The pandemic is posing many challenges to governments, with millions affected and more than 160,000 dead. The world economy cannot significantly recover unless and until testing is widely available – so businesses can rehire those with immunity – and an effective  vaccine is widely available, though this is probably a year off at least.

In the short term, with locked-down businesses and  social distancing, economies are suffering major downturns. The impact will be severe, possibly into the medium term. Isolation measures are causing an enormous reduction in domestic demand in many countries, and a huge dip in savings.

Consumption of everything but the bare essentials will slow for at least several years. Many will have to borrow the maximum on their credit cards just to pay for food, clothing and shelter.

Once economies begin to recover, governments are expected to encourage domestic consumption. Manufacturing has fallen in many countries, with factories closed and workers furloughed. No economy is immune.

The Oil Inventory Challenge

Any optimism generated by the recent OPEC+ deal is fading in the face of an unprecedented demand shock. The OPEC+ group agreed to cut 9.7 million barrels per day from October 2018 levels in May and June (aside from Saudi Arabia and Russia, who will implement cuts from a baseline of 11 million barrels per day). Beyond that headline figure, Saudi Arabia, the United Arab Emirates, and Kuwait aim to cut an additional 2.5 million barrels per day. The International Energy Agency (IEA) estimates that non-OPEC supply could also drop by 3.5 million barrels per day in the coming months. The math is fuzzy, and oil ministers and heads of state have conflated the deal with voluntary pledges by some states and market-driven curtailments outside the OPEC countries. Compliance could also be a challenge, with many questions about whether Russia can deliver its planned cut of 2.5 million barrels per day.

Still, it is increasingly clear that oil demand is dropping too quickly for supply agreements to keep pace. The IEA anticipates a year-on-year decline of 23.1 million barrels per day in the second quarter and a 9.3 million barrels per day demand drop for the full year. Even a theoretical OPEC+ cut of 12 million barrels per day—based on 100 percent compliance with the deal as well as steeper declines pledged by Riyadh, Abu Dhabi, and Kuwait—plus sharp declines in the United States and elsewhere would not balance the market.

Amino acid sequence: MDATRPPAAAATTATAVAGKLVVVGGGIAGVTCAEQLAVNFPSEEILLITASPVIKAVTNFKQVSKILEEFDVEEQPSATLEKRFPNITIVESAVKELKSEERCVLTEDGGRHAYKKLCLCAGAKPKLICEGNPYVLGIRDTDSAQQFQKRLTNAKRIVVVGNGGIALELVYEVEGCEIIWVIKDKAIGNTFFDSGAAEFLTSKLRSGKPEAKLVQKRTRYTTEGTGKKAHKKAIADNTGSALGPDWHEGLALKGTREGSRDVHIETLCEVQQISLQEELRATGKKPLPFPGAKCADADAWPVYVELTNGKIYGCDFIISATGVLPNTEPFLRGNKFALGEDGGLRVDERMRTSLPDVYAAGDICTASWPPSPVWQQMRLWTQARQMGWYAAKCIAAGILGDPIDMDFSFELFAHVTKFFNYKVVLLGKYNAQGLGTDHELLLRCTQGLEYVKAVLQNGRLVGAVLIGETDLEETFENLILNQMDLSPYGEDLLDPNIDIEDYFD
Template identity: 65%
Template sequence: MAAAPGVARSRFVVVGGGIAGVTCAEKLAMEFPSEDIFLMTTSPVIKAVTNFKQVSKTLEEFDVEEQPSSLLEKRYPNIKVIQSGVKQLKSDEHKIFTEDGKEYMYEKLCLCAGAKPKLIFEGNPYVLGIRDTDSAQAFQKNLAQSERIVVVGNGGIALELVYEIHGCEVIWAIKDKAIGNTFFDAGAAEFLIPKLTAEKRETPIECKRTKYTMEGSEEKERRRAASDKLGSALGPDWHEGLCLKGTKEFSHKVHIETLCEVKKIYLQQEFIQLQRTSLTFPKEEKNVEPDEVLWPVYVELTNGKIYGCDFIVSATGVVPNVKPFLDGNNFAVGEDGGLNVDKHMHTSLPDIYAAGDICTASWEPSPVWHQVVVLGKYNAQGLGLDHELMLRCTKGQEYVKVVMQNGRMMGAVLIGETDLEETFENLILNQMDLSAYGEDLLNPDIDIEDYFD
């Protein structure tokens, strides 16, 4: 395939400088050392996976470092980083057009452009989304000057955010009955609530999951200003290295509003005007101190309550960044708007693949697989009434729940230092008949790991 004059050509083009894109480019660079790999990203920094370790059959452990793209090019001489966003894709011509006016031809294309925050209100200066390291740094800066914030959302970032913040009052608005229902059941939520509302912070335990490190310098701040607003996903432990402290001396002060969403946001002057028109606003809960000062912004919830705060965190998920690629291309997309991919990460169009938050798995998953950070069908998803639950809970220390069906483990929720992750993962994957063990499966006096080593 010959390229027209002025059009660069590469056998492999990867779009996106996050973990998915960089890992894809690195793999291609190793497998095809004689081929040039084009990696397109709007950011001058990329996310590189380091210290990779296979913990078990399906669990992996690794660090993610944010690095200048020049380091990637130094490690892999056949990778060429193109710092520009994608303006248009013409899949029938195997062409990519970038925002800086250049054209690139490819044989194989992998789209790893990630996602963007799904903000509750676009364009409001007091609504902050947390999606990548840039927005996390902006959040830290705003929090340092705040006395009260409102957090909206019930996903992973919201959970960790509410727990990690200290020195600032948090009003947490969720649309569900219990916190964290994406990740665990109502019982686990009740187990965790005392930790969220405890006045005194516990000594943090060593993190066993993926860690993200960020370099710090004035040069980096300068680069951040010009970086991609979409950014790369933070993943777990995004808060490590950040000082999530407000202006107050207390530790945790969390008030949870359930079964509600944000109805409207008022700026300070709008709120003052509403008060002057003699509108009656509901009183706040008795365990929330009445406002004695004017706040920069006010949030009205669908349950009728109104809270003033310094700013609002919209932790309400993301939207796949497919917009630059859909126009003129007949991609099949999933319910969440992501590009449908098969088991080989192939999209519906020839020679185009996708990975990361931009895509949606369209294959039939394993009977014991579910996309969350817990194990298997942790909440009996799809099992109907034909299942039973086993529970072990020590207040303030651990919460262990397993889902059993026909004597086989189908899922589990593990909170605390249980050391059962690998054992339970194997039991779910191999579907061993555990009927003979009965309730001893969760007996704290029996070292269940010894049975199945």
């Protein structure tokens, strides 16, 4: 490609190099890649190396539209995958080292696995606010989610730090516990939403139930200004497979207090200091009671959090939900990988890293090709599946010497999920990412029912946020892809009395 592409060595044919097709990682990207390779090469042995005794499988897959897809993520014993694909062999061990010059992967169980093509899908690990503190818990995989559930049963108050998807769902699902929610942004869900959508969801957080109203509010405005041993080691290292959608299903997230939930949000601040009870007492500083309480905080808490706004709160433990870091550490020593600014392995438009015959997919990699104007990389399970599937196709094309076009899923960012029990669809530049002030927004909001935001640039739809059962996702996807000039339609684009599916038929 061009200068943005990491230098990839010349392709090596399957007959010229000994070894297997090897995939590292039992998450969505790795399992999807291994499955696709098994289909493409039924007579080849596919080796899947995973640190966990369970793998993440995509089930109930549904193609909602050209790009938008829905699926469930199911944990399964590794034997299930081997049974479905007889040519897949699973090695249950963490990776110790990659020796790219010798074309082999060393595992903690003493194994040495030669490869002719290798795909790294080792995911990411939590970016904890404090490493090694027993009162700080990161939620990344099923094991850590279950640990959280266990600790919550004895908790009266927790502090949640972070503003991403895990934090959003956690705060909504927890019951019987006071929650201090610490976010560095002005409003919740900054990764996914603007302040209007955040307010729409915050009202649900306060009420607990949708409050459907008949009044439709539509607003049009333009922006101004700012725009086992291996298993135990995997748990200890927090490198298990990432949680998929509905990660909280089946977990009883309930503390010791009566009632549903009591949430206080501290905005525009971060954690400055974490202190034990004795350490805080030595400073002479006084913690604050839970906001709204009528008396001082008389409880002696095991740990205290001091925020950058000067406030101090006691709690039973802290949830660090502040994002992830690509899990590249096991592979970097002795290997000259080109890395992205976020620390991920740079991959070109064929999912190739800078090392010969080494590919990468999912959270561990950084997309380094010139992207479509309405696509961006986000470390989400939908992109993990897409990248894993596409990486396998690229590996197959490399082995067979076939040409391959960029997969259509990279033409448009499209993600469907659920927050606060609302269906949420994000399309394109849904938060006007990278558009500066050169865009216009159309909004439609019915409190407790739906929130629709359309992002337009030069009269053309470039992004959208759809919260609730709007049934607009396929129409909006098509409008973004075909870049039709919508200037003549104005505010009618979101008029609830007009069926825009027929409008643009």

Eyes on the Other Global Crises

By Emily Estelle

The United States will wake up from its COVID-19 nightmare to renewed national security horrors if our leaders fail to take the right lesson from the pandemic: the best policy is one of early recognition and preemptive action.

While America focuses inward, international crises that predate the pandemic are getting worse, with negative implications for U.S. national security. In Syria, the pandemic is supercharging a catastrophic humanitarian situation, with Russia and Turkey at each other’s throats in the war-torn country. This sets up disaster scenarios for NATO. In Western Africa, COVID-19 threatens already fragile states, and extremists wait to exploit the chaos.

Our increasingly unsettled world is filled with local conflicts turned larger and discrete conflicts that are now merging. Look at Libya. Its war started as a revolution against longtime leader Moammar Gadhafi. NATO intervened to prevent slaughter, contributing to Gadhafi's fall. NATO stepped back, unwilling to risk entanglement to safeguard Libya’s transition, and others filled the vacuum. Libya now hosts many conflicts, including an intra-Middle Eastern struggle over power and Islamism, a competition for Mediterranean undersea resources, and Russia’s multi-front campaign to break NATO. Foreign weapons and fighters have flooded in. Turkish and Emirati drones spar in Libya’s skies while Russian, Syrian, and Sudanese mercenaries fight below. Meanwhile, Libya fragments and civilians suffer.

Five Coming Global Challenges